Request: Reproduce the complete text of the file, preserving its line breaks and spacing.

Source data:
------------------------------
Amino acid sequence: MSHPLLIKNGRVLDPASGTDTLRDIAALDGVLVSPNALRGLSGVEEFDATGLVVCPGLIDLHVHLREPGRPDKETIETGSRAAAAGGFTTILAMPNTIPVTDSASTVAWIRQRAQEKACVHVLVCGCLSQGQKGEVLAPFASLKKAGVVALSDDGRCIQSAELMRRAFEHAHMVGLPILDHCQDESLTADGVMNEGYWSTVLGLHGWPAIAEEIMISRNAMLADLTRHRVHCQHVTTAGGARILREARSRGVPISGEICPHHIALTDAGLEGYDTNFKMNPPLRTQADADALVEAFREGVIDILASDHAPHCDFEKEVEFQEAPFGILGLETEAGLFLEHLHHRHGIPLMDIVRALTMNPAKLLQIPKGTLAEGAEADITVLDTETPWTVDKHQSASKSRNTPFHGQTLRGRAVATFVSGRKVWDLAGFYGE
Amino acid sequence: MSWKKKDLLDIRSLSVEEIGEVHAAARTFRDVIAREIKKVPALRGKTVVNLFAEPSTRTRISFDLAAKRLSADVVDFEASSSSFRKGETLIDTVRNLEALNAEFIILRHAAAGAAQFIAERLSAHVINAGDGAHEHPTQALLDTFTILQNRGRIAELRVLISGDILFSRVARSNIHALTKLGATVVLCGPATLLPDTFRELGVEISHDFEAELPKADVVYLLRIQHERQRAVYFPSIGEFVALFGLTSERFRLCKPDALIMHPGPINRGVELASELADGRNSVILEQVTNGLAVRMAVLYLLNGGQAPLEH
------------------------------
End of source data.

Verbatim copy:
Amino acid sequence: MSHPLLIKNGRVLDPASGTDTLRDIAALDGVLVSPNALRGLSGVEEFDATGLVVCPGLIDLHVHLREPGRPDKETIETGSRAAAAGGFTTILAMPNTIPVTDSASTVAWIRQRAQEKACVHVLVCGCLSQGQKGEVLAPFASLKKAGVVALSDDGRCIQSAELMRRAFEHAHMVGLPILDHCQDESLTADGVMNEGYWSTVLGLHGWPAIAEEIMISRNAMLADLTRHRVHCQHVTTAGGARILREARSRGVPISGEICPHHIALTDAGLEGYDTNFKMNPPLRTQADADALVEAFREGVIDILASDHAPHCDFEKEVEFQEAPFGILGLETEAGLFLEHLHHRHGIPLMDIVRALTMNPAKLLQIPKGTLAEGAEADITVLDTETPWTVDKHQSASKSRNTPFHGQTLRGRAVATFVSGRKVWDLAGFYGE
Amino acid sequence: MSWKKKDLLDIRSLSVEEIGEVHAAARTFRDVIAREIKKVPALRGKTVVNLFAEPSTRTRISFDLAAKRLSADVVDFEASSSSFRKGETLIDTVRNLEALNAEFIILRHAAAGAAQFIAERLSAHVINAGDGAHEHPTQALLDTFTILQNRGRIAELRVLISGDILFSRVARSNIHALTKLGATVVLCGPATLLPDTFRELGVEISHDFEAELPKADVVYLLRIQHERQRAVYFPSIGEFVALFGLTSERFRLCKPDALIMHPGPINRGVELASELADGRNSVILEQVTNGLAVRMAVLYLLNGGQAPLEH